For example, if the present value of your home is $200,000, multiply that amount by 75%, which comes to $150,000. If you bought the house for $160,000 and your equity in the home is $40,000, you still owe $120,000 to your mortgage lender. Therefore, your potential line of credit will be $150,000 minus $120,000, which equals $30,000.

    To determine your actual credit limit, a lender also will consider your ability to repay the loan by examining your credit history, income and other financial obligations.

    Many home equity lines of credit set a time limit during which you can borrow money, and it’s usually 10 years. Once approved for a HELOC, you can borrow up to your credit limit whenever you want during that period. The interest rate will vary, based on a publicly available index, such as the prime rate or a U.S. Treasury bill rate.

    You will pay interest only on the amount of money you actually borrow and as long as you make a minimum monthly payment you can pay back as much or as little as you want every month until the end of loan period, when the entire principal amount is due.

    Because a HELOC is secured by your home, the interest rate can be lower than for other lines of credit. HELOCs can be tax-deductible.

    However, you may have to pay certain additional costs, including the price of a home appraisal, closing costs (possibly including points, title fees and taxes) and maintenance and/or transaction fees.

    Closed-end credit provides a fixed amount of money to finance a specific purpose and period of time. The loan may require periodic principal and interest payments, or payment of the entire principal at the end of the loan term.

    Examples of closed-end credit are: most real-estate loans; car loans; appliance loans; and payday loans (small, short-term loans secured against a customer’s next wages).

    Other Open-End Credit Sources

    The market for open-end credit is dominated by credit cards and lines of credit, but there are some lesser-known avenues available for those willing to do their research.

    Overdraft protection on checking accounts is considered an open-end source of credit. When a customer writes a check and doesn’t have enough money in the account to cover it, the bank essentially “loans” him the difference to make the check good. The customer pays interest for that loan and must repay the balance in a specific time frame.

    Open-end personal checking lines also are available in some banks and credit unions. The bank or credit union establishes a credit limit and deposits that in the bank for you to write check against rather than you depositing money into an account and then writing checks against that amount.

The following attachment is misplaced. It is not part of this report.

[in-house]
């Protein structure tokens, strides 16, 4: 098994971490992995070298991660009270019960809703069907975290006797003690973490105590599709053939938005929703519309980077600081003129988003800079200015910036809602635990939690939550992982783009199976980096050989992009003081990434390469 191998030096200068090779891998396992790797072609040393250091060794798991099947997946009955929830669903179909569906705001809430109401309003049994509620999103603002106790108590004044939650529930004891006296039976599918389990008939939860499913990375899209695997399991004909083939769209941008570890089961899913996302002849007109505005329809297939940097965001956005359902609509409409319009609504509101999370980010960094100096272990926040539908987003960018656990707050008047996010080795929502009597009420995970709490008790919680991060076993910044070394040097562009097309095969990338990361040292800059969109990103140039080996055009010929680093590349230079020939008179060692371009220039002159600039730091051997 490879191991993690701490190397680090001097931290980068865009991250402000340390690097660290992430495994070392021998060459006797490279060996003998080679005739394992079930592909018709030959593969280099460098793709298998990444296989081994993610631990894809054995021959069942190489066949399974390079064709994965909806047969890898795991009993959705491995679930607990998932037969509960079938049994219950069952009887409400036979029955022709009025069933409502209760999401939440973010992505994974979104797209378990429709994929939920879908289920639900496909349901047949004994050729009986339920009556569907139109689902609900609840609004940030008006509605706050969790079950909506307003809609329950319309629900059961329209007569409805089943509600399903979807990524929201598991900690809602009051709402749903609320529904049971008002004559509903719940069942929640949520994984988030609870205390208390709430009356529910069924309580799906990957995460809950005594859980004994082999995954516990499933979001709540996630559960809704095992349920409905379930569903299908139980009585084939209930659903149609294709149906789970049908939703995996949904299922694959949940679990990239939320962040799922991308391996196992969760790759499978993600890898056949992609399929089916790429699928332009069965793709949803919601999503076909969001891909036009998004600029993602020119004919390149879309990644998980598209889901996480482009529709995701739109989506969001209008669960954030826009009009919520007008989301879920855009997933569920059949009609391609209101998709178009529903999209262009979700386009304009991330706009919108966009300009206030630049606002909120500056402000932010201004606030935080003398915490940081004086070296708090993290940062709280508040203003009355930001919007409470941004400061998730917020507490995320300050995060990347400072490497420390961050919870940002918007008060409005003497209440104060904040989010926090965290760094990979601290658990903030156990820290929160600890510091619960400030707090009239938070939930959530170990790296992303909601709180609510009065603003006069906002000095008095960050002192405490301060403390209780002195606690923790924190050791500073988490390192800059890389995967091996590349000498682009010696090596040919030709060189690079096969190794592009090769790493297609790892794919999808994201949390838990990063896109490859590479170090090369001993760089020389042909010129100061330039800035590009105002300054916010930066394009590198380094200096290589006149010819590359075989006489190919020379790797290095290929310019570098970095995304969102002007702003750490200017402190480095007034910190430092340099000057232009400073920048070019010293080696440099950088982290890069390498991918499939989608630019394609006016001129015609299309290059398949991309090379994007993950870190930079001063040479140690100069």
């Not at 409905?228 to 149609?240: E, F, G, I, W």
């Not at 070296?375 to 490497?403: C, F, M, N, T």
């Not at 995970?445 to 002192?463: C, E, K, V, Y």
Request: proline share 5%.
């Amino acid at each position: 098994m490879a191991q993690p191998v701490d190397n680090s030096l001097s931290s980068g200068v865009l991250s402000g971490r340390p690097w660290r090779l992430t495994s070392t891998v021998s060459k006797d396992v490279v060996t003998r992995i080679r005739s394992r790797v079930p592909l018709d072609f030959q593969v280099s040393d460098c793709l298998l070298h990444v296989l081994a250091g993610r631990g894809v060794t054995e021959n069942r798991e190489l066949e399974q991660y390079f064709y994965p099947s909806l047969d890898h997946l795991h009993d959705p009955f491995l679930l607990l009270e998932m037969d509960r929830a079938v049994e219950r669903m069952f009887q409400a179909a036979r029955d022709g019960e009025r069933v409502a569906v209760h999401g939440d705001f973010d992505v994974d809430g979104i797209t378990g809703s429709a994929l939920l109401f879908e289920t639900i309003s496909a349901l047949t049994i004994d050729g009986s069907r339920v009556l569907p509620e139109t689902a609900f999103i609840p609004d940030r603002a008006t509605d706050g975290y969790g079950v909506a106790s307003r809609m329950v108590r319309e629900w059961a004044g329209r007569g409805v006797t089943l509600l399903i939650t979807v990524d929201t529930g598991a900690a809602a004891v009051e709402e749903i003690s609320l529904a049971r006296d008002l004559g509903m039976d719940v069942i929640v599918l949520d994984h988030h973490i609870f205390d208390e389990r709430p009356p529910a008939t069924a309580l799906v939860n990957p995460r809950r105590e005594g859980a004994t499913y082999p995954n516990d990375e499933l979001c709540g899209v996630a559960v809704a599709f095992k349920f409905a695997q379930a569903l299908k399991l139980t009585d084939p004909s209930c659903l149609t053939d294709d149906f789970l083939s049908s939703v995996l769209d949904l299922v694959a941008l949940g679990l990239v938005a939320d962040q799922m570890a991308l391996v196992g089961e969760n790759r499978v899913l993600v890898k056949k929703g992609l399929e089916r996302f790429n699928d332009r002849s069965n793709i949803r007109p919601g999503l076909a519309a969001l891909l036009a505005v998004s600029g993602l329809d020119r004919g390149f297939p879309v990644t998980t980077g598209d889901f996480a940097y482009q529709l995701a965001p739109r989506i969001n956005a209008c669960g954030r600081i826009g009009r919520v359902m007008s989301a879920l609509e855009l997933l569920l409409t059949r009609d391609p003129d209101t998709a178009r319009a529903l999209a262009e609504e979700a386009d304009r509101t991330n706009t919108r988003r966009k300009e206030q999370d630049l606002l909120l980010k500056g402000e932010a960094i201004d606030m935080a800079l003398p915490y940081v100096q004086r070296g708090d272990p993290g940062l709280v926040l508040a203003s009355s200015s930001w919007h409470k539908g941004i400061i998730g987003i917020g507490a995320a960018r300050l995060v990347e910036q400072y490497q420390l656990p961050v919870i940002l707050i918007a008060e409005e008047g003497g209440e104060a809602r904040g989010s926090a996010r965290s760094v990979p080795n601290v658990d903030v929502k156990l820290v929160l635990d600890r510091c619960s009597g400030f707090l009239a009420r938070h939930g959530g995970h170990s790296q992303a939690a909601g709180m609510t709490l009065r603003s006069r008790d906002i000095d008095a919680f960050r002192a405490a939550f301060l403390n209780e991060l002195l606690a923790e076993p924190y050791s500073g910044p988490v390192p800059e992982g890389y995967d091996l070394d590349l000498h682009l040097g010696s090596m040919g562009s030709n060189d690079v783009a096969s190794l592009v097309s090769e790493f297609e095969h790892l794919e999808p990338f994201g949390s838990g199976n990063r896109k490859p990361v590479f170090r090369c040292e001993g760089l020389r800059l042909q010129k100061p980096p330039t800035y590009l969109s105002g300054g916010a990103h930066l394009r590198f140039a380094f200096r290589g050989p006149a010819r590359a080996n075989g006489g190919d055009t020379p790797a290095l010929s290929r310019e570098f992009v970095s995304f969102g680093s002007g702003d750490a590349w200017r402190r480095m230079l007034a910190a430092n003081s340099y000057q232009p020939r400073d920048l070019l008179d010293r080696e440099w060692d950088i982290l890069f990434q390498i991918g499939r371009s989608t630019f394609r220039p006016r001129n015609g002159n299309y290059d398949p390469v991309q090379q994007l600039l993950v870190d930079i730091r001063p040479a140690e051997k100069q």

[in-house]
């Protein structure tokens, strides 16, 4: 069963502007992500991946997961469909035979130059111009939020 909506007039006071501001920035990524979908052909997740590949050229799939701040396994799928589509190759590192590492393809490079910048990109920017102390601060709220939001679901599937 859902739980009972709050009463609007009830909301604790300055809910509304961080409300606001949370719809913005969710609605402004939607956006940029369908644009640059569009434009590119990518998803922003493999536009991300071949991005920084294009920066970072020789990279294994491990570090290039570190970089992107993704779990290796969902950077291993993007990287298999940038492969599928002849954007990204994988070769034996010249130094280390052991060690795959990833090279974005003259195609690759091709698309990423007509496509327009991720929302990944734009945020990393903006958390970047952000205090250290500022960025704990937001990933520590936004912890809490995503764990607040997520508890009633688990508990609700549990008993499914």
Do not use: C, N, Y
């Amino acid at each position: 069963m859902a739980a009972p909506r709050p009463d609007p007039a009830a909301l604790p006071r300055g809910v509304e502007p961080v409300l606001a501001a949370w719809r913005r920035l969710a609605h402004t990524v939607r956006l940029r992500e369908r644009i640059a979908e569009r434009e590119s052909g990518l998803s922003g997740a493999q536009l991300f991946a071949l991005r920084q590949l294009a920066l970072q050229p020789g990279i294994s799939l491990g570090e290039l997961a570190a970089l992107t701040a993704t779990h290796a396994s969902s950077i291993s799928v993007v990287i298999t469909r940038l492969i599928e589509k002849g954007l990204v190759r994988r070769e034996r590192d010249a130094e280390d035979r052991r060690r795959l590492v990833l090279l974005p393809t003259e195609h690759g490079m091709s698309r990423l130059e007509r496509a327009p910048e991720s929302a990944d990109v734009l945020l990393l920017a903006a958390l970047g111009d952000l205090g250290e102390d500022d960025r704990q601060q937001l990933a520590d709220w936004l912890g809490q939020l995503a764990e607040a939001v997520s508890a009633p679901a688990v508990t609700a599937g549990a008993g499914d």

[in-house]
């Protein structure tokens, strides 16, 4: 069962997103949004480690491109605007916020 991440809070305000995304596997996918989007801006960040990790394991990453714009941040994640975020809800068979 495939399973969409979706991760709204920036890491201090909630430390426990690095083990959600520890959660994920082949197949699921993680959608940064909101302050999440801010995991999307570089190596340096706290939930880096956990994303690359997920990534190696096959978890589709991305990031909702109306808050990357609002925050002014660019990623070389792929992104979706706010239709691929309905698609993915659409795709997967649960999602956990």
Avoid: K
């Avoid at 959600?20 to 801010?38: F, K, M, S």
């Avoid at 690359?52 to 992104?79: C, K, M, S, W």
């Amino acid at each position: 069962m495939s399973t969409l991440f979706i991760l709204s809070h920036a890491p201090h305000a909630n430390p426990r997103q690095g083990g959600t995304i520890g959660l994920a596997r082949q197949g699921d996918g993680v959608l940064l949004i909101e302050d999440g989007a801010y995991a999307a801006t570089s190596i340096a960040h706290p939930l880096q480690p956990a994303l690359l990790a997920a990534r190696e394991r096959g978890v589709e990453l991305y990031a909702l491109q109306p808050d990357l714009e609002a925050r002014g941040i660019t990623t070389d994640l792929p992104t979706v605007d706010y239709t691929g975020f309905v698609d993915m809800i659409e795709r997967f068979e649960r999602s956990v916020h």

Another open-end source of credit is travel and entertainment cards, also known as T&E cards. They are most popular with people who travel frequently and use them to make dinner, golf, tennis or spa reservations and to access airport lounges and receive car rental discounts.

    T&E card customers can use them to charge as much as you want during the month, but they require that you pay the balance in full at the end of the month. Late fees are applied to the account, if payment is not received on time.

    Diners Club and Carte Blanche are the two most popular forms of travel and entertainment cards.

    Similarities And Differences With Other Loan

    A personal line of credit (LOC) has many similarities to credit cards, personal loans, a home equity line of credit (HELOC) and payday loans, but enough differences to make it a distinctive form of borrowing worth investigating when you need money quickly.

    For example, it functions just like a credit card in that you can use it for almost anything, get a monthly statement showing your expenses, interest charges, amount owed and minimum payment due, but is different in that the interest rate for LOC is typically much lower and the credit limit is much higher.

    There are many differences between a line of credit and personal loans, the primary one being that money is disbursed on a draw as needed in a LOC while money in a personal loan is disbursed all at once. The interest rate on a LOC is variable and you only pay it on the portion of funds you use. A personal loan carries a fixed interest rate and monthly payments are made on the balance owed.

    A LOC is first cousin to a HELOC in that both extend lines of credit to use as needed. However, you don’t have to put your home up as collateral with a LOC. A LOC is unsecured and thus far more secure for the borrower. The added risk to the bank could mean higher interest rates charged for the LOC, but still, they can’t take your home.

    The only similarity between a LOC and a payday loan is that in both cases you receive money from a lender. However, a LOC is superior in every way imaginable. You can receive a far higher amount of money ($3,000-$100,000 for LOC vs. $400 for average payday loan); you pay far less interest rates (8-14% vs. 391-521%) and repayment terms are much easier (10 years vs. 2 weeks).

    Be sure you understand the nuances between LOC and other forms of open-end credit and always compare and contrast them before choosing.

    Al Krulick

    Al is an award-winning journalist with dozens of years of writing experience. He served as a drama critic, high school teacher, arts administrator, theatrical producer and director. He also dabbled in politics, running twice for a seat on the U.S. House of Representatives for Florida. Al is a Certified Debt Specialist with the International Association of Professional Debt Arbitrators and specializes in real estate, credit and bankruptcy advice.